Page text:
Earlier this year, the euro’s future was anything but certain. Elections in the Netherlands and France threatened to destabilise the single currency, with the rise of the far-right, ‘Frexit’, and a return to the franc all a real possibility. Small businesses trading with Europe sought to protect their bottom line from a predicted decline in the euro, and exchange rates wobbled. Jake Trask – FX research director at international payments company, OFX – explains the current state of the euro, and offers tips for small British businesses that may be feeling the effects of a strong single currency.

In the end, however, far-right candidates were soundly rejected in both elections – and since then, the euro has gone from strength to strength. In fact, it is currently the best performer among developed market currencies, and right now, it looks like 2017 will end up being the year of the euro.

Why is the euro so strong right now?

In May, Emmanuel Macron’s victory in the French election helped to rebuild confidence in the euro and boost its value. Had Marine Le Pen’s National Front won the election and followed through on the promise to reintroduce the franc, the single currency could have gone into a freefall – just like we saw for sterling following the EU referendum. Indeed, we could even have seen the end of the euro.

However, economic data has been improving from Eurozone economies in recent months – particularly France and Germany – leading to speculation that the European Central Bank may cut back its Quantitative Easing programme before the end of the year. As a result, 2017 could very well be the year the currency moves out of crisis mode, leaving the troubles of recent years behind it.

What’s next for the single currency?

As we head into the autumn, the euro is likely to enter a period of consolidation. Even so, part of the reason for the euro’s current strength is the fact that other major currencies are looking less healthy. The disappointment of the dollar – which soared after President Trump’s election, only to drop when his campaign promises failed to materialise – is putting upward pressure on the euro, as is the uncertainty of Brexit that currently surrounds the pound.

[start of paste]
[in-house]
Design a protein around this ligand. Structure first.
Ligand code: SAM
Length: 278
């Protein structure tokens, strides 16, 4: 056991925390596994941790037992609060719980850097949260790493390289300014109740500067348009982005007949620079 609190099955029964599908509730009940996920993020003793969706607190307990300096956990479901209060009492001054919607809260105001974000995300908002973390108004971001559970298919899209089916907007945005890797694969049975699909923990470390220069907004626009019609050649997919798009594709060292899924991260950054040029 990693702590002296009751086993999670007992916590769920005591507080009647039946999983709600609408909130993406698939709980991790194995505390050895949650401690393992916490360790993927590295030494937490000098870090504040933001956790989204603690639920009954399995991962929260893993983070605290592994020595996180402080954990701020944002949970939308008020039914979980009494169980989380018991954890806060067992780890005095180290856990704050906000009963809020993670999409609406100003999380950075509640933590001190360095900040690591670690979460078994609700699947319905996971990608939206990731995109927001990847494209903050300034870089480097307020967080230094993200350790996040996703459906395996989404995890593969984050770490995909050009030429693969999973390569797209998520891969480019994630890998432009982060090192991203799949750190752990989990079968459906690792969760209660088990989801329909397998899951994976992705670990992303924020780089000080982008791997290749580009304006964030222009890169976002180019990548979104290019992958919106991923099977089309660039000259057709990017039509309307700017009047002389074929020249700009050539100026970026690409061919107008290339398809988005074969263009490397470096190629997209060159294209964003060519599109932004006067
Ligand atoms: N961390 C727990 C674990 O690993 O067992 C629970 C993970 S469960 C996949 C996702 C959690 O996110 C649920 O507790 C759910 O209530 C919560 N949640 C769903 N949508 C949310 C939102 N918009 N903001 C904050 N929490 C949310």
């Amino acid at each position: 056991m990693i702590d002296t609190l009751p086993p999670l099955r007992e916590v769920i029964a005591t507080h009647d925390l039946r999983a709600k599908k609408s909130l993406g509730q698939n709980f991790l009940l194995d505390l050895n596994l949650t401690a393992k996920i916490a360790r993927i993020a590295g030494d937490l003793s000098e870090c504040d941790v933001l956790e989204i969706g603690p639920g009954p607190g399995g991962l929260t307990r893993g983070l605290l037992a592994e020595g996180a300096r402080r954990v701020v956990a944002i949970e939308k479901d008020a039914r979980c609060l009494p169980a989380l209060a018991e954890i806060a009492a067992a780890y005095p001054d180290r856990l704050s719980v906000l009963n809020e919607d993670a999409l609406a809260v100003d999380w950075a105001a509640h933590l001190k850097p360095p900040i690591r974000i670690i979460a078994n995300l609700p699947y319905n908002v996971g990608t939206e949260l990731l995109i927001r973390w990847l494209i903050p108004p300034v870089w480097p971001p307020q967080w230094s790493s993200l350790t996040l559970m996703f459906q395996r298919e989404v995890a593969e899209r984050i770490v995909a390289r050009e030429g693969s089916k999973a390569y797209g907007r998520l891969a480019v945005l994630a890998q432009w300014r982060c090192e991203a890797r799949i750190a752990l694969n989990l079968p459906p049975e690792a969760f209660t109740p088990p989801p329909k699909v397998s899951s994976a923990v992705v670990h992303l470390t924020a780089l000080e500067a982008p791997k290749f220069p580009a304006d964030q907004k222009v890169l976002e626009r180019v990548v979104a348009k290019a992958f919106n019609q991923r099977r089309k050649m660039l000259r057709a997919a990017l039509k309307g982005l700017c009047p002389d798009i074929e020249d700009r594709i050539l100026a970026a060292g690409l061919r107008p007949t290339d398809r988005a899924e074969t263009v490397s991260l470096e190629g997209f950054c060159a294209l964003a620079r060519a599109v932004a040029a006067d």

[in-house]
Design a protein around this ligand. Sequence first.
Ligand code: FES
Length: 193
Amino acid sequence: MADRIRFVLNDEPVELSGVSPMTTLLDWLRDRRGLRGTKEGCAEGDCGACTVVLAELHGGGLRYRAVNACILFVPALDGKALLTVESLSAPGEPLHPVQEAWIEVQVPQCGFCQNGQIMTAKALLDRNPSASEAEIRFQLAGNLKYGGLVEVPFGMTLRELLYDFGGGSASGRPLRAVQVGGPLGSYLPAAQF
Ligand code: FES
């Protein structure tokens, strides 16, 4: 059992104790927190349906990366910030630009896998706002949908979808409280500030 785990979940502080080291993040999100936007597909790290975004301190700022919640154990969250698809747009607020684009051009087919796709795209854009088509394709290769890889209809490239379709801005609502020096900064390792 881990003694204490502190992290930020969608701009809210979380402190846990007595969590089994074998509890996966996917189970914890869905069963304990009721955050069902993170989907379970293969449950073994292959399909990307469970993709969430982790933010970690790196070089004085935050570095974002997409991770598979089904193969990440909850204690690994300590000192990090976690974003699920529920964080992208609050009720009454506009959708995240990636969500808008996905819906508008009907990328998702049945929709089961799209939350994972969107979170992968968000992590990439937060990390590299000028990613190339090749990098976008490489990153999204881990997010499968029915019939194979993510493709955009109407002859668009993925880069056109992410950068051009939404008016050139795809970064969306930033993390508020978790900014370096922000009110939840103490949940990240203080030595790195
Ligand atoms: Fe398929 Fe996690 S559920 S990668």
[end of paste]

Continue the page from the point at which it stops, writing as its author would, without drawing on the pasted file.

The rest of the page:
The pound and euro could move closer together as Brexit negotiations continue, and uncertainty weighs more heavily on business confidence and the UK economy. Despite above-target inflation, the Bank of England is likely to keep interest rates on hold for the time being.

How could a strong euro affect your business?

A strong euro is great news for any British business exporting to the Eurozone, as it means sterling-denominated goods are more attractive than domestic equivalents to European buyers. It’s a unique situation to make the most of – and a recent survey by OFX found that more than a third of British SMEs already expect to start or increase exporting in the next year, to take advantage of the weak pound.

It is more challenging for those importing from the continent, but a good currency partner can still help to protect your business from further pressure, and keep costs down and profits high.

If you trade overseas but aren’t sure how a strong euro could affect you moving forwards, speak to an expert who can recommend a currency strategy that’s tailored to your company’s needs.

Protecting your business from currency risk

A forward contract would be a prudent choice for small British businesses trading with Europe. Locking in today’s exchange rate is a good way to protect your company from any future shocks to the exchange rate – and considering the Brexit uncertainty surrounding the pound, they simply can’t be ruled out.

Many of the small businesses we work with have also chosen to open euro-denominated ‘virtual accounts’, allowing them to collect the proceeds of their European sales directly, in euros. Limit orders, meanwhile, have enabled them to take advantage of exchange rates unseen since the financial crisis. A limit order is a specialist tool that allows businesses to nominate an ideal exchange rate. When this is reached by the market, your funds are automatically transferred – a great way to tap into further currency movements without having to watch the markets minute by minute.

The euro may be at a high, but disparities between strong EU economies and poorer member states like Greece and Cyprus are still plain to see. The Greek crisis still has the potential to erupt in the future, so if you’re a fan of today’s exchange rate, it might make sense to lock it in for the months to come. As ever, an expert can help you develop the best currency solution for your business.

Jake Trask is FX research director at OFX, an international payments company.